DOVER – Establishing residency teaching programs for doctors who have recently graduated from medical school creates a tremendous opportunity for everyone involved, according to Terry Murphy, president and CEO of Bayhealth – that includes hospital staffs, emerging student doctors, as well as patients.
That’s why Mr. Murphy and his staff at both Bayhealth Kent General Hospital in Dover and the recently opened Bayhealth Hospital Sussex Campus in Milford were so excited when they announced that they have begun the process to launching residency teaching programs of their very own, called Graduate Medical Education (GME), with a projected start date of July 2021.
“I’m honored to be the first to share with you that Bayhealth is introducing medical student residency programs,” Mr. Murphy said, during a press conference at Bayhealth Kent General Hospital on Tuesday morning. “This means that for more than 90 years of caring for people living in Kent and Sussex counties as community hospitals, Bayhealth and its hospitals will become teaching hospitals and we’ll offer residency programs to doctors who have recently graduated from medical school.
“For more than a year now, Bayhealth Chief Medical Officer Dr. Gary Siegleman and our Bayhealth Colorectal General Surgeon Dr. Assar Rather, along with a group of more than 20 physicians, have been working to develop the Medical Education Programs at Bayhealth. They have offered a great environment to educate the next generation of physicians.”
The announcement is an exciting one for both the communities and health systems in Dover and Milford, as the residency training program will assist in bringing more doctors to the area, enhance the culture of learning at Bayhealth and provide improvements to patient care and the patient experience.
A draft assessment and full implementation plan was developed by the Bayhealth team of physicians and the launch date of July 2021 will include family medicine and internal medicine programs, with general surgery and emergency medicine to follow in subsequent years.
The GME program will also promote teamwork and collaboration between doctors and the medical students they will be mentoring.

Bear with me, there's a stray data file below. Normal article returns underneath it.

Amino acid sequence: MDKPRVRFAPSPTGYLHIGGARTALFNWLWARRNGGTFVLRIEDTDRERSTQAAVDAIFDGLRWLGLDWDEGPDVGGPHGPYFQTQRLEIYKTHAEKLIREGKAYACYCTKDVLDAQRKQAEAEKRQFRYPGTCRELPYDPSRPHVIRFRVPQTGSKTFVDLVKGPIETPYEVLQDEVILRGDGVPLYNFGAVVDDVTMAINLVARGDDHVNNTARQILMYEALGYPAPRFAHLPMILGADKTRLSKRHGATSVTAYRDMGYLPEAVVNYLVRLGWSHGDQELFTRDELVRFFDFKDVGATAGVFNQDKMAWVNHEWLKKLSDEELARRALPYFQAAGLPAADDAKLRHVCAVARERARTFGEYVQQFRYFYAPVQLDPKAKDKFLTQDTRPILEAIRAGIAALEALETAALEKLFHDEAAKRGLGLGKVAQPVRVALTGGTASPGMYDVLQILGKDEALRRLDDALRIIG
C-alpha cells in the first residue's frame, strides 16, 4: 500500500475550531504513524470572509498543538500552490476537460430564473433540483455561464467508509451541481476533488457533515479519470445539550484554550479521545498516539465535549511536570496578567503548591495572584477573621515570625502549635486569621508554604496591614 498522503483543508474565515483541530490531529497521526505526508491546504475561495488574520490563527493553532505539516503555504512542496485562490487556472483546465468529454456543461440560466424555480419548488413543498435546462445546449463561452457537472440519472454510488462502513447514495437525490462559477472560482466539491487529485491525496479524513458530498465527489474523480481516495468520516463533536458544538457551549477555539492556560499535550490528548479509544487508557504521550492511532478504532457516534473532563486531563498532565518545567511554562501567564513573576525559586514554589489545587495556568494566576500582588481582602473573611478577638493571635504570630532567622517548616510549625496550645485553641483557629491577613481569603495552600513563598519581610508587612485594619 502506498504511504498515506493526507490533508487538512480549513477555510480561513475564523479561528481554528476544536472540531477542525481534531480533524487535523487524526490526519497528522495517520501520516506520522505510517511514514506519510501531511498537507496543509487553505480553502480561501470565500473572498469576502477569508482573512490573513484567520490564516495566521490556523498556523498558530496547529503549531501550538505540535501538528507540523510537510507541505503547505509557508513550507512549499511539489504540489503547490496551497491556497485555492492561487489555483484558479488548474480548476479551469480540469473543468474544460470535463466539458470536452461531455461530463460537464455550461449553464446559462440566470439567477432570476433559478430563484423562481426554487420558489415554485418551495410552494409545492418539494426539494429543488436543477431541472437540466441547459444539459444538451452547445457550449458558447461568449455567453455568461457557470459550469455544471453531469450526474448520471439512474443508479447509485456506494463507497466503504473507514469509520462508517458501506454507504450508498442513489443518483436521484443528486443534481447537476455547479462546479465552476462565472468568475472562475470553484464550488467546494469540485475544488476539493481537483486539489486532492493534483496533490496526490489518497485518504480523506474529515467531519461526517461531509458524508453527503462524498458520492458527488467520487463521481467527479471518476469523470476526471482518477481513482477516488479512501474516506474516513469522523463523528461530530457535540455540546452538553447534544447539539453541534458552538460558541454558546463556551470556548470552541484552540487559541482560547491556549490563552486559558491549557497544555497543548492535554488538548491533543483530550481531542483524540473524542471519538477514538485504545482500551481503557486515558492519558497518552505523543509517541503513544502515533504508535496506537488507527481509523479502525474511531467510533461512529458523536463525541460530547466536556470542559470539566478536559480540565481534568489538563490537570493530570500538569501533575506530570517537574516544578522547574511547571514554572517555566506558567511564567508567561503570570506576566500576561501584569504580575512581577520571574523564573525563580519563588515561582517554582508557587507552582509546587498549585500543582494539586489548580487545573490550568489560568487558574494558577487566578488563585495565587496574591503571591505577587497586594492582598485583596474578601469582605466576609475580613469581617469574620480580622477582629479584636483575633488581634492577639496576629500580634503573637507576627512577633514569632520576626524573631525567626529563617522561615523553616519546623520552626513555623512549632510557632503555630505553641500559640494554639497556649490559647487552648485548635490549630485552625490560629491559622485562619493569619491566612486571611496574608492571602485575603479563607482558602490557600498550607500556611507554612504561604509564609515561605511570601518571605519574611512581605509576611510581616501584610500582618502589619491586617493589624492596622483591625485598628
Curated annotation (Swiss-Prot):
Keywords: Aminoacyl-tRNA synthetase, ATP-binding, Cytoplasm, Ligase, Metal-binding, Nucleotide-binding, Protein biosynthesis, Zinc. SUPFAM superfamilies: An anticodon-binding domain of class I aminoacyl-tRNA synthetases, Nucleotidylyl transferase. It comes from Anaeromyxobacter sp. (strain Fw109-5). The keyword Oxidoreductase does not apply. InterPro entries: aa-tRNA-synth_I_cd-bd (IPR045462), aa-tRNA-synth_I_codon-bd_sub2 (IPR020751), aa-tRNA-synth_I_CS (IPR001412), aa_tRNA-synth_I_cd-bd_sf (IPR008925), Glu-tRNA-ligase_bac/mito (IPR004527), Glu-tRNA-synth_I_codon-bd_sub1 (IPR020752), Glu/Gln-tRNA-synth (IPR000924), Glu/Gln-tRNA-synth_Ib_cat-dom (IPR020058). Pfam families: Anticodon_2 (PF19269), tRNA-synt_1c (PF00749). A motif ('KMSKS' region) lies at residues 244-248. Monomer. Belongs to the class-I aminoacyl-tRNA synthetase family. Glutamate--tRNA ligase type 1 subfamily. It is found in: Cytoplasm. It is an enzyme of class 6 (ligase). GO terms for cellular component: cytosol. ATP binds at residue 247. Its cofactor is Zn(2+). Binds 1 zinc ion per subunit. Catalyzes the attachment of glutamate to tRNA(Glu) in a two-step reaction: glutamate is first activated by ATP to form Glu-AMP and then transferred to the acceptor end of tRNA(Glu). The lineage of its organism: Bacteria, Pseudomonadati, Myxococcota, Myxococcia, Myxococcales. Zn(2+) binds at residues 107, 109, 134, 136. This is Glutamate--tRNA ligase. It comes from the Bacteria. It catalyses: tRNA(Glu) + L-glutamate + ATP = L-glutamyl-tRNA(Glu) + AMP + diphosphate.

Bayhealth Surgeon and GME Chair Dr. Assar Rather has been pushing for Bayhealth to begin a residency program for several years. His wish finally came true with Tuesday’s announcement.
“This is very exciting for all of us as doctors,” Dr. Rather said. “Medical students are doctors when they graduate from their medical schools but they’re far from finished products. They need to get more medical knowledge and medical skill before they start practicing as physicians.
“That’s what we do with GME. We teach medical knowledge and we teach surgical skills in this day and age of teamwork and collaboration. Everyone has to have a mentor at some point.”
“Residency programs are a great way to recruit new physicians to the area and support growth within a hospital system. I’m excited to assist Bayhealth in recruiting new physicians to care for the present and many future generations of central and southern Delaware to come.”
Joseph Rubacky III, a primary care physician with Bayhealth and GME committee member, said the residency teaching programs have partnered with the Philadelphia College of Osteopathic Medicine (PCOM) because it has recently produced the largest number of practicing physicians in Delaware.
“We have partnered with PCOM and we are moving forward, and we look forward to tremendous growth in this,” Dr. Rubacky said. “This will be a great opportunity, and it will allow us to educate the physicians of the future to meet the needs of our community. I am excited to be a part of developing this program.”
Aside from the future residency programs, Bayhealth is also partnering with area medical schools to host medical students for a portion of their Undergraduate Medical Education clinical rotations for third- and fourth-year med students. Upon graduating medical school, these students may later apply for one of Bayhealth’s residency programs.
It all adds up to big things for Bayhealth, which is addressing the shortage of primary care physicians as well as a shortage of residency spots in the nation’s hospitals with its new initiatives.
“Our future physician residents will benefit largely from the knowledge and the experience of the attending physicians involved in their training,” Mr. Murphy said.
“Residency programs create the opportunity to provide more physicians to serve the community, also in an area of high demand in Kent and Sussex counties. Once the physicians have completed their residencies there’s a higher chance they will stay in the community where they trained, resulting in greater physician retention.
“Developing the next generation of physicians to serve our community is a priority for Bayhealth.”